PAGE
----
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Augustine, Saint, of Canterbury

AUGUSTINE (AUSTIN), SAINT, OF CANTERBURY: The apostle to the English and first archbishop of Canterbury; d. at Canterbury May 26, 604 or 605. When first heard of he was præpositus (prior) of the monastery of St. Andrew, founded by Gregory the Great in Rome, and was sent by Gregory in 596 at the head of a mission of forty monks to preach to the Anglo-Saxons. They lost heart on the way and Augustine went back to Rome from Provence and asked that the mission be given up. The pope, however, commanded and encouraged them to proceed, and they landed on the Island of Thanet in the spring of 597. They found the way not unprepared as Bertha, daughter of Charibert of Paris and wife of Ethelbert, king of Kent, was a Christian and was allowed to worship God in her own way. Ethelbert permitted the missionaries to settle and preach in his town of Canterbury and before the end of the year he was converted and Augustine was consecrated bishop at Arles. At Christmas 10,000 of the king’s subjects were baptized. Augustine sent a report of his success to Gregory with certain rather petty questions concerning his work, which do not indicate a great mind. In 601 Mellitus (q.v.) and others brought the pope’s replies, with the pallium for Augustine and a present of sacred vessels, vestments, relics, books, and the like. Gregory directed the new archbishop to ordain as soon as possible twelve suffragan bishops and to send a bishop to York, who should also have twelve suffragans,—a plan which was not carried out, nor was the primatial see established at London as Gregory intended. More practicable were the pope’s mandates concerning heathen temples and usages; the former were to be consecrated to Christian service and the latter, so far as possible, to be transformed into dedication ceremonies or feasts of martyrs, since “he who would climb to a lofty height must go up by steps, not leaps” (letter of Gregory to Mellitus, in Bede, i, 30). Augustine reconsecrated and rebuilt an old church at Canterbury as his cathedral and founded a monastery in connection with it. He also restored a church and founded the monastery of St. Peter and St. Paul outside the walls. His attempts to effect a union with the old British Church in Wales failed. See Anglo-Saxons, Conversion of the; Celtic Church in Britain and Ireland.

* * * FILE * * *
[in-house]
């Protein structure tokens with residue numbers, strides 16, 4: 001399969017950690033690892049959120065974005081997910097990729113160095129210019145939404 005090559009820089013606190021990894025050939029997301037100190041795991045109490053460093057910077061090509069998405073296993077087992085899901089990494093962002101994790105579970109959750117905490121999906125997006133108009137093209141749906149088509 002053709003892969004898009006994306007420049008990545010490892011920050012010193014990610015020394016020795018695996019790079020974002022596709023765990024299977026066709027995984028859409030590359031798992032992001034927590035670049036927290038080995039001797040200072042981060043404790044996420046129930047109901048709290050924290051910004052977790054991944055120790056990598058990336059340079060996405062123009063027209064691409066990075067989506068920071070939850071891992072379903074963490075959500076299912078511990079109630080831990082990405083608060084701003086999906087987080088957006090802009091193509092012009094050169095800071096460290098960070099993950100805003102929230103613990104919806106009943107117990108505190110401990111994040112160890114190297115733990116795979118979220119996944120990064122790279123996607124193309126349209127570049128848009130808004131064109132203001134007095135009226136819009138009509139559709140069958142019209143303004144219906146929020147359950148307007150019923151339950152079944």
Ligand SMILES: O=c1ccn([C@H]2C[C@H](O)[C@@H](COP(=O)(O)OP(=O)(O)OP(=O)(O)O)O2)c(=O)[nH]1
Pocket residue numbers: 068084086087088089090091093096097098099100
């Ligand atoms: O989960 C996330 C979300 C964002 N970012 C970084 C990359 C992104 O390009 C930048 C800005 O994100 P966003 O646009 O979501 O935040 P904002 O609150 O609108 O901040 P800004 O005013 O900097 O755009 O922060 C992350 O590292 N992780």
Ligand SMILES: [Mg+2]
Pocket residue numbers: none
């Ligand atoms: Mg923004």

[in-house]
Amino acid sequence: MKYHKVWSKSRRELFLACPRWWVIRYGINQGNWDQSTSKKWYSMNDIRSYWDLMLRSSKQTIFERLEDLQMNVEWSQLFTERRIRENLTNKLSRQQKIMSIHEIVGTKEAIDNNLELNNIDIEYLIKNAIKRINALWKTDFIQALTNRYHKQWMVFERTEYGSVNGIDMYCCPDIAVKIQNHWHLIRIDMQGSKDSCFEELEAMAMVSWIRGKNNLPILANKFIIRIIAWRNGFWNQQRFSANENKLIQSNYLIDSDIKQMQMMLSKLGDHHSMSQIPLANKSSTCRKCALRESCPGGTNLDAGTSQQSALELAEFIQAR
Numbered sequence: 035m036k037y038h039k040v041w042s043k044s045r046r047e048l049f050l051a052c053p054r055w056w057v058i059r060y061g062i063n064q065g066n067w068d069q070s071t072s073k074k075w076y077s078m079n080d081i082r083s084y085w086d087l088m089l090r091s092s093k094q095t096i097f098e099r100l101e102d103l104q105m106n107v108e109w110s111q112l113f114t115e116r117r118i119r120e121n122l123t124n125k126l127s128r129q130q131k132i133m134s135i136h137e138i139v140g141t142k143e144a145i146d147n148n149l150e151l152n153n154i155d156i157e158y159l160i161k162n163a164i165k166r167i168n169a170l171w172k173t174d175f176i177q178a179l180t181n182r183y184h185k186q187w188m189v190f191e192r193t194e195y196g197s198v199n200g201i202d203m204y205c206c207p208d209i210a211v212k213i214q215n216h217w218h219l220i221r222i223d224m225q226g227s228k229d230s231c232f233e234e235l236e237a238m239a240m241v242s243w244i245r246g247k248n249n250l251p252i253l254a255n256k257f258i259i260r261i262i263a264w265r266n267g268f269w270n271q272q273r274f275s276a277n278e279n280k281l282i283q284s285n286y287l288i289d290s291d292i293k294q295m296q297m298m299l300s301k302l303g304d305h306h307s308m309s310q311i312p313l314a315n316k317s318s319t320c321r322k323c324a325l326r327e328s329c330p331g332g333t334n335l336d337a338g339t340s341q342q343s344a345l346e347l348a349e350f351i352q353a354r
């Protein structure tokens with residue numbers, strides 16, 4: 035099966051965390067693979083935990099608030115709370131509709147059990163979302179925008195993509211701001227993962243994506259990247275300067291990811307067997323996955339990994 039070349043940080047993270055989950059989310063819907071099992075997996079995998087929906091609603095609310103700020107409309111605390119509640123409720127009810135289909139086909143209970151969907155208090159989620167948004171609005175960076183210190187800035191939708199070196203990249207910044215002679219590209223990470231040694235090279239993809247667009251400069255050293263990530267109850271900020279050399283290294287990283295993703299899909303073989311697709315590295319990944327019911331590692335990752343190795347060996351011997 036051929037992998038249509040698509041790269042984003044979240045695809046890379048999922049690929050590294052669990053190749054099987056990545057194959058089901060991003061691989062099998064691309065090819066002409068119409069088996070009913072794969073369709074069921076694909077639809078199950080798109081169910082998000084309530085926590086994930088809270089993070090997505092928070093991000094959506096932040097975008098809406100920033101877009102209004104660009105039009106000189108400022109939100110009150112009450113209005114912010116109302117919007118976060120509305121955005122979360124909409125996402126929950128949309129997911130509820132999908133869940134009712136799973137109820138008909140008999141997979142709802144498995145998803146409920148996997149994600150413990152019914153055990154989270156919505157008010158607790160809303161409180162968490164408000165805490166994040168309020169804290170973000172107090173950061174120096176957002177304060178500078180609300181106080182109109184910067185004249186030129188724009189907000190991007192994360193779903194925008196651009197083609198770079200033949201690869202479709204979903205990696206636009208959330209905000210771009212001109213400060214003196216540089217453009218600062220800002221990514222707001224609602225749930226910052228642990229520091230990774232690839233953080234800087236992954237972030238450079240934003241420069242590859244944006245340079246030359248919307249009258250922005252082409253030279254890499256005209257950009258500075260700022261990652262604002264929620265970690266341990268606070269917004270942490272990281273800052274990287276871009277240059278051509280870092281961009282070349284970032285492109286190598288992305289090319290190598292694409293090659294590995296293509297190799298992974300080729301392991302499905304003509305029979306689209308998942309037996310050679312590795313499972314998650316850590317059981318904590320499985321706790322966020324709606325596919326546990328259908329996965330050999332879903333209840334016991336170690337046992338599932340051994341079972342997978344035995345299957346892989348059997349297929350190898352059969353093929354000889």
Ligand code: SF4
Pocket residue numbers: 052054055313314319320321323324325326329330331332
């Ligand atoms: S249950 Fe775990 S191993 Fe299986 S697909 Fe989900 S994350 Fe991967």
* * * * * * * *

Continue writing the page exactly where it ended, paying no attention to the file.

Bibliography: The important sources are Bede, Hist. eccl., i, 23–ii, 3 and the letters of Gregory the Great (in Haddan and Stubbs, Councils, iii, 5–38). The thirteenth centenary of Augustine’s mission in 1897 called forth a number of publications, including an edition of the chapters of Bede, with introduction, by A. Snow, O. S. B., London, 1897, and The Mission of St. Augustine to England according to the Original Documents, ed. A. J. Mason, Cambridge, 1897, which gives everything of importance in Latin and English (cf. also Haddan and Stubbs, ut sup., iii, 3–60). Monographs of a more popular character were issued by G. F. Browne, Augustine and his Companions, London, 1895; E. L. Cutts, Augustine of Canterbury, ib. 1895; Brou, S. J., St. Augustin de Canterbury et ses compagnons, Paris, 1897, Eng. transl., London, 1897; F. A. Gasquet, The Mission of St. Augustine, ib. 1897; W. E. Collins, Beginnings of English Christianity: Coming of St. Augustine, ib. 1898 (brief but scholarly); mention may be made also of DNB, 1885, ii, 255–257; W. Hook, Lives of the Archbishops of Canterbury, vol. i, London, 1860; E. Bassenge, Die Sendung Augustins zur Bekehrung der Angelsachsen, Leipsic, 1890; A. P. Stanley, Historical Memorials of Canterbury, pp. 19–55, London, 1883; G. F. Maclear, Apostles of Medieval Europe, pp. 87–98, London, 1888; W. Bright, Early English Church History, pp 40–109, Oxford. 1897. The life of Augustine is included in Cardinal Newman’s Lives of the English Saints, London, 1845.

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